Recent debates across the country about education funding and teacher contracts have raised important questions about the investment we need to make in our public schools and educators. We are simultaneously moving beyond the accountability movement that’s dominated public discourse for the past several decades. We have an opportunity within this context to turn our attention to what’s important, namely, how to elevate, encourage, and ensure great teaching for every student. We need to sharpen our focus and deepen our discussion of the bedrock issue of educational excellence: What is great teaching? And how do we make sure it isn’t just by luck or privilege that students have access to it? The challenge for schools (educators and policy-makers) is to 1) define excellent teaching, and 2) create the conditions that ensure that it is available to all students. But it has been disheartening to witness the extremely complex work of teaching reduced to numbers and ratings, resulting in high levels of teacher turnover. Our students and our teachers deserve better.
There appears to be an emerging consensus that great teaching is not defined by student success on standardized tests, even when these are (supposedly) aligned to rigorous student learning standards. There are simply too many other important outcomes of schooling that can’t be captured by any such test (dispositions, such as open-mindedness and tolerance of difference, personal traits, such as perseverance in the face of obstacles in learning, and aesthetics, in the arts, but also manifested in such things as an elegant solution to a mathematics problem.)
Recognizing the complexity of teaching and a vision of student success that goes beyond what we might call the regular curriculum, The Framework for Teaching (originally published in 1996) was designed to give educators (and policy-
makers) a clear and thorough understanding of high-quality, student-centered instruction—a foundation upon which they can build the instructional practices and collaboration that drive academic achievement. It can serve – and has done so in countless schools and districts in the US and globally – as a roadmap to the complex work of teaching and how it can be strengthened.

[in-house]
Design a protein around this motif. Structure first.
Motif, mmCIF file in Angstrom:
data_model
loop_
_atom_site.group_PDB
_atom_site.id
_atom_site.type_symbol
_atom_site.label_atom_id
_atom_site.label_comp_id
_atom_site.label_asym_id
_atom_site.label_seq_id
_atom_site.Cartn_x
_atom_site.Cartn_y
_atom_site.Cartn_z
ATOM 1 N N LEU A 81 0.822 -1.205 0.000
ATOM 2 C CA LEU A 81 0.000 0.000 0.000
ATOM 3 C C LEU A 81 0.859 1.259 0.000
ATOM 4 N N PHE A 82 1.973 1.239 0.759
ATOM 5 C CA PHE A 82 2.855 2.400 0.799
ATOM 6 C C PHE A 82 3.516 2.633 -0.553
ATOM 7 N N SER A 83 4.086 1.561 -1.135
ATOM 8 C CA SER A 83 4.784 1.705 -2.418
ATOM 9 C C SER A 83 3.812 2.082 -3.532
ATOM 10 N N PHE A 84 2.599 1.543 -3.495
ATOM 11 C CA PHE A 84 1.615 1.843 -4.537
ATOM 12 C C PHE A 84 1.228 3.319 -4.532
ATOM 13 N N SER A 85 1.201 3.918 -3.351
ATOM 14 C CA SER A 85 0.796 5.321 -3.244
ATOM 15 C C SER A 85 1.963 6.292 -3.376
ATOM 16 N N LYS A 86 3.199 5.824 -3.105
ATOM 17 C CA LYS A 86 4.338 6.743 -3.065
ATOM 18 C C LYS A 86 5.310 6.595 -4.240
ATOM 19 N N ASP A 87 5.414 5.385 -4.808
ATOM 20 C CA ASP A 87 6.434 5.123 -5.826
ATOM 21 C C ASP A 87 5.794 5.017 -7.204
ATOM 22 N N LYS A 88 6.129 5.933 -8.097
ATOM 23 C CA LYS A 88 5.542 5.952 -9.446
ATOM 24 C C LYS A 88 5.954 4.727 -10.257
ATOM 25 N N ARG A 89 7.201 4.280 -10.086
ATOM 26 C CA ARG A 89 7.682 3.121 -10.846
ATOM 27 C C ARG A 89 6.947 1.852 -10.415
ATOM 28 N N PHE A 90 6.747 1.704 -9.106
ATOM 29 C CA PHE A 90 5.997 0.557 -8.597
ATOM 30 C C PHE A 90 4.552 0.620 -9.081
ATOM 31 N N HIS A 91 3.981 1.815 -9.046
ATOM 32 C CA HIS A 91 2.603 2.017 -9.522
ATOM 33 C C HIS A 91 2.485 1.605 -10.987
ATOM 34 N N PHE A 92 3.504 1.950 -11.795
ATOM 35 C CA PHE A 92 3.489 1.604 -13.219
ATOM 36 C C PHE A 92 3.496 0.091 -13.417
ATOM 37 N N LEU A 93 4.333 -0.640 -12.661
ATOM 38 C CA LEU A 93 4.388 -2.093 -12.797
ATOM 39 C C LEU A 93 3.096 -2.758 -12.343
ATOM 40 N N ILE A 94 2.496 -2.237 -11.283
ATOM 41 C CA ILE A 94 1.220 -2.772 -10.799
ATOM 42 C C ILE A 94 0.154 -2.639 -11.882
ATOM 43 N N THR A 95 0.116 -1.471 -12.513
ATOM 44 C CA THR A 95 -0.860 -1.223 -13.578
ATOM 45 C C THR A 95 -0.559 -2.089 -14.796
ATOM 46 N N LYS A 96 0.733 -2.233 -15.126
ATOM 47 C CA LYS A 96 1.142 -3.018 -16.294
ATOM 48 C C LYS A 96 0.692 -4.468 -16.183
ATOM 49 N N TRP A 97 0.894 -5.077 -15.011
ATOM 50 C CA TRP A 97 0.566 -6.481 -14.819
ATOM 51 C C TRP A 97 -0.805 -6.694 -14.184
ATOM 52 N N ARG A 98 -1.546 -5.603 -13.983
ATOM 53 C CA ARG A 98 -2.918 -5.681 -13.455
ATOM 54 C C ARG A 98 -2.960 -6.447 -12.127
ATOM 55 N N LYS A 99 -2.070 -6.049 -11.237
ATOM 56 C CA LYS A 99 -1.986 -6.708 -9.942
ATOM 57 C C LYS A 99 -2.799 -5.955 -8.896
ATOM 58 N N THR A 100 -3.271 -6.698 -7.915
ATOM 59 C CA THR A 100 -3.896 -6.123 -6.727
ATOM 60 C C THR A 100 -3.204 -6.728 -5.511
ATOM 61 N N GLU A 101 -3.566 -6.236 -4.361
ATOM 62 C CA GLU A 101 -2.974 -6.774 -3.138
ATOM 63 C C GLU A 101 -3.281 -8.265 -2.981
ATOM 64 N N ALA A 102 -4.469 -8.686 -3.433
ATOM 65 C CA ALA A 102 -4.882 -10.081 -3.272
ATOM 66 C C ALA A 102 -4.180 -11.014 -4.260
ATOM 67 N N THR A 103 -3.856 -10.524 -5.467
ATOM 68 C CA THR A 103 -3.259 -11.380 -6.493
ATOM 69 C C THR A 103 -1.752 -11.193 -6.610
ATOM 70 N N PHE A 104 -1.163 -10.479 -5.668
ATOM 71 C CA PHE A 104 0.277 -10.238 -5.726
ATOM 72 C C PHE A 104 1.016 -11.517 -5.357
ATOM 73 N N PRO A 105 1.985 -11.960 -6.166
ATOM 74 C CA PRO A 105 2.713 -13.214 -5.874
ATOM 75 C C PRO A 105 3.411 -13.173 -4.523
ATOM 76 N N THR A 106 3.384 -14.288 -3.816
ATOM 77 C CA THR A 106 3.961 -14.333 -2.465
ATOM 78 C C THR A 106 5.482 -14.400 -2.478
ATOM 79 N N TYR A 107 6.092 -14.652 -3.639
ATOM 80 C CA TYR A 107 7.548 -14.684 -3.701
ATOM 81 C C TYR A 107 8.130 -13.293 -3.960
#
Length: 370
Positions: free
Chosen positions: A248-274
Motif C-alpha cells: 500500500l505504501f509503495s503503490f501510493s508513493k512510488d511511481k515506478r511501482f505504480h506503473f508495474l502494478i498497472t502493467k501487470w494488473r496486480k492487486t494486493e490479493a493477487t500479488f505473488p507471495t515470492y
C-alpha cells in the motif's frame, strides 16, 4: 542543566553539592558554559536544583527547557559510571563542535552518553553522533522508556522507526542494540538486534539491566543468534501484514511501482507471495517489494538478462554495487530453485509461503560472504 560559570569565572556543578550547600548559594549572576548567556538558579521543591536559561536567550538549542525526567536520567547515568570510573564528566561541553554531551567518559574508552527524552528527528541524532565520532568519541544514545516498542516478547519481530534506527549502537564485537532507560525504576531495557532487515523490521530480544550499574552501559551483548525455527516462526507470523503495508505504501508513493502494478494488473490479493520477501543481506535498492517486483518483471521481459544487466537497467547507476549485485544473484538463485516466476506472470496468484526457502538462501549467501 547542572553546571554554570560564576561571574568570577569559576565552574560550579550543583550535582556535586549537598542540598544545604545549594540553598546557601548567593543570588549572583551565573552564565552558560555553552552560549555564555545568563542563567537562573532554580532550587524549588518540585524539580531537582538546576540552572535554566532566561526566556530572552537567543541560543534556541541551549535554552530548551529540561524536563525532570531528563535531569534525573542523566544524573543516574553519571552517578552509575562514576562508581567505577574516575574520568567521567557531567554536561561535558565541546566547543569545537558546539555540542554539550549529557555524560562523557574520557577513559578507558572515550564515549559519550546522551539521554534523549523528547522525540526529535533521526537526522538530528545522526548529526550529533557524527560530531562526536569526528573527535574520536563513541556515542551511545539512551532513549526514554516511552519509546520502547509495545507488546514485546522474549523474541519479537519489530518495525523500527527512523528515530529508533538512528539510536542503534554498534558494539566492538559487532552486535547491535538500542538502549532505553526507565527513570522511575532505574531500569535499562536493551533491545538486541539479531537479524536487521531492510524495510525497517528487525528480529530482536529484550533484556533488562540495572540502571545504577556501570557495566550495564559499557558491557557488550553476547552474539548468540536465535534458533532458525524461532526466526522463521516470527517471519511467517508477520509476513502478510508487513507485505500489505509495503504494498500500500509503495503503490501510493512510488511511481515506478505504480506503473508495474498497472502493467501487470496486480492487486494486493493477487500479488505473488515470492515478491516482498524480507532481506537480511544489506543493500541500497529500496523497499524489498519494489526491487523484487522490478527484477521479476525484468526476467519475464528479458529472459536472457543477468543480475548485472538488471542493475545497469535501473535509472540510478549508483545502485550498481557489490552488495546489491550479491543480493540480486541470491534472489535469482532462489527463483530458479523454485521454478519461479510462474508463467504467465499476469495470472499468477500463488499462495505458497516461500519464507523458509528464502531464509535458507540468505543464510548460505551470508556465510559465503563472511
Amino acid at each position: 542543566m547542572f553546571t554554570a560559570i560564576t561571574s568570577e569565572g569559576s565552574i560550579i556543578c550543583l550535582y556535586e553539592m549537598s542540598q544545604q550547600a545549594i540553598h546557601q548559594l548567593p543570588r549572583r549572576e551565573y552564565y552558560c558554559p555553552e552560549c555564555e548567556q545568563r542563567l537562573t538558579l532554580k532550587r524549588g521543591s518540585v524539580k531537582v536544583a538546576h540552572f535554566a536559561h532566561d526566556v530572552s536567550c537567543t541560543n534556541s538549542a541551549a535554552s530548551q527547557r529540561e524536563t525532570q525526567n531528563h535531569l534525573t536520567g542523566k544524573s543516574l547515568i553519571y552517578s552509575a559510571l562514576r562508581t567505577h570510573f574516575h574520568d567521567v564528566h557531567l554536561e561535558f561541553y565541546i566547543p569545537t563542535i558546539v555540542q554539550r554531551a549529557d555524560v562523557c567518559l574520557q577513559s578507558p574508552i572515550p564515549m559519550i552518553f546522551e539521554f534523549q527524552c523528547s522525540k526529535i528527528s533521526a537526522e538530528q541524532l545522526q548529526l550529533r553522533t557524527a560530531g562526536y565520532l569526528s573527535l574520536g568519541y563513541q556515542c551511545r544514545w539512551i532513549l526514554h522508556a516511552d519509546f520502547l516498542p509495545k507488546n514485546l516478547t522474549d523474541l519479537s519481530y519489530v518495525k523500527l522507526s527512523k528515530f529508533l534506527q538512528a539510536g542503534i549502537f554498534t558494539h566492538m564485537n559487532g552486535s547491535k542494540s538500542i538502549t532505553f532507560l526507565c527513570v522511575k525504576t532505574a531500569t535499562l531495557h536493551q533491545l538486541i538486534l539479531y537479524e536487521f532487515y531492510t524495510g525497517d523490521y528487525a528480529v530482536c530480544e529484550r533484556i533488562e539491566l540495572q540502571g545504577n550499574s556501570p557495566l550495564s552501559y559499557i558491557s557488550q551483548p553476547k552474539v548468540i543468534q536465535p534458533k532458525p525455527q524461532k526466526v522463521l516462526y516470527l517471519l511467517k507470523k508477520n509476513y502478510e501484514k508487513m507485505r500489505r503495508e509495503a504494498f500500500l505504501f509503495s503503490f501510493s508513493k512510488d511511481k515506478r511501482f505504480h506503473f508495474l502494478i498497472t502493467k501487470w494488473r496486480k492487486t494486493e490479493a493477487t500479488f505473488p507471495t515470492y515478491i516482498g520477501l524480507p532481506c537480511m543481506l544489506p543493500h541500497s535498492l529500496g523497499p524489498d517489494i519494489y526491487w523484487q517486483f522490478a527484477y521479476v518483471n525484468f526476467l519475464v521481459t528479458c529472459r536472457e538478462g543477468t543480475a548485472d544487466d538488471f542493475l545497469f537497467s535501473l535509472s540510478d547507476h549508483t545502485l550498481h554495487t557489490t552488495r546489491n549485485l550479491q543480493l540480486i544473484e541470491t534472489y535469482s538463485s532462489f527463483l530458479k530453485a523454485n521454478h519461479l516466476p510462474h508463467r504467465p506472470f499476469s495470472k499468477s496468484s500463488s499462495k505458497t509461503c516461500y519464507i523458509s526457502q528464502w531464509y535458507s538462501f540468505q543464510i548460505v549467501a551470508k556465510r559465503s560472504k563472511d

If we are to create the conditions for excellent teaching, what is the mechanism (or what are the mechanisms) for such a focus? Part of the answer lies in what we know about all learning: that it requires an environment safe for risk-
taking, in which an expectation of individual commitment to learning is pervasive. Fear, in other words, shuts people down. We know this from work with students; adults are no different. Furthermore, educators have gradually learned that teachers
are more likely to learn from their teaching colleagues than from external “experts.” Professional conversations, with one’s study group or grade-level or subject team, particularly when focused around solving the inevitable “problems of practice” that arise in teaching, are a powerful mechanism to drive learning. Analyzing practice – either live or on video – with a trained colleague or coach constitutes another powerful vehicle for the improvement of teaching since it incorporates self- assessment of practice, structured reflection, and dialogue.
We’re entering a new policy era, and as the conversation shifts from evaluation to teacher growth, educators can re-focus on those aspects of teaching that brought many of them to the profession in the first place, namely witnessing the joy of students grasping a difficult concept, finding power in their strengths, or feeling part of a professional community of other educators also committed to student success and joy in learning.
By Charlotte Danielson